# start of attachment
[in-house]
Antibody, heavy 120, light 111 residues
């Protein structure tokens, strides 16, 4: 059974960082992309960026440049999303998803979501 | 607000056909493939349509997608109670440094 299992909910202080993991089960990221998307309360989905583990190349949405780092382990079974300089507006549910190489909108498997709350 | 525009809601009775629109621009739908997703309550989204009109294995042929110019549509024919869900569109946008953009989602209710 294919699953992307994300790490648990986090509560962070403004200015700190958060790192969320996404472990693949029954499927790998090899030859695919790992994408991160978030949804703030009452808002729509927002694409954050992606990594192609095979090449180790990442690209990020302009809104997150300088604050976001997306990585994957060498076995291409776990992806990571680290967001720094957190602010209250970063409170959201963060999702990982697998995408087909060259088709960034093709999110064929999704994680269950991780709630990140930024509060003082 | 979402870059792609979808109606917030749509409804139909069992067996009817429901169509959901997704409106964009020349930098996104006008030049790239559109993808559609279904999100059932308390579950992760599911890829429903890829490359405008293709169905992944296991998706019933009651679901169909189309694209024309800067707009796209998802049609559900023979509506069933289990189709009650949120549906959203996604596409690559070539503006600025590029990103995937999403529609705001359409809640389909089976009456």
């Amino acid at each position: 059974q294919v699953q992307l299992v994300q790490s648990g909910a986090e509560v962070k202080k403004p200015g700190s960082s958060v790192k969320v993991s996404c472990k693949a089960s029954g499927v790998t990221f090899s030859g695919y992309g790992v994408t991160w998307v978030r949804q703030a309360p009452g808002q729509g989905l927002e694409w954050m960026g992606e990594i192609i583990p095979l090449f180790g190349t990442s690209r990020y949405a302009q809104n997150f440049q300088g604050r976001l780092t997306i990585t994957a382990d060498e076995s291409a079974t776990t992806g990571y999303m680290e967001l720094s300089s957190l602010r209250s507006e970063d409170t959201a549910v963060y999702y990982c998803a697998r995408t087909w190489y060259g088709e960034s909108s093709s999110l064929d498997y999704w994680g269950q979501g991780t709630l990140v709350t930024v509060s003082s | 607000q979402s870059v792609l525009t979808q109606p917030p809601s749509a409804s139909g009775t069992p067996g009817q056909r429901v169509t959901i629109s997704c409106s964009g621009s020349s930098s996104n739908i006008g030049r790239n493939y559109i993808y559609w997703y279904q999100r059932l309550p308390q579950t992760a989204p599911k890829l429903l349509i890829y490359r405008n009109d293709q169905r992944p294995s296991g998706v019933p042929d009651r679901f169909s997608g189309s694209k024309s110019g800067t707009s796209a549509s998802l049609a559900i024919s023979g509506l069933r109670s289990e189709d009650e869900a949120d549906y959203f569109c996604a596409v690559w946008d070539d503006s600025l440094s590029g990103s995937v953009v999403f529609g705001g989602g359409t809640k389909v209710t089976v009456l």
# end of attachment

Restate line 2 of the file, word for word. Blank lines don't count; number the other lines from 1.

Antibody, heavy 120, light 111 residues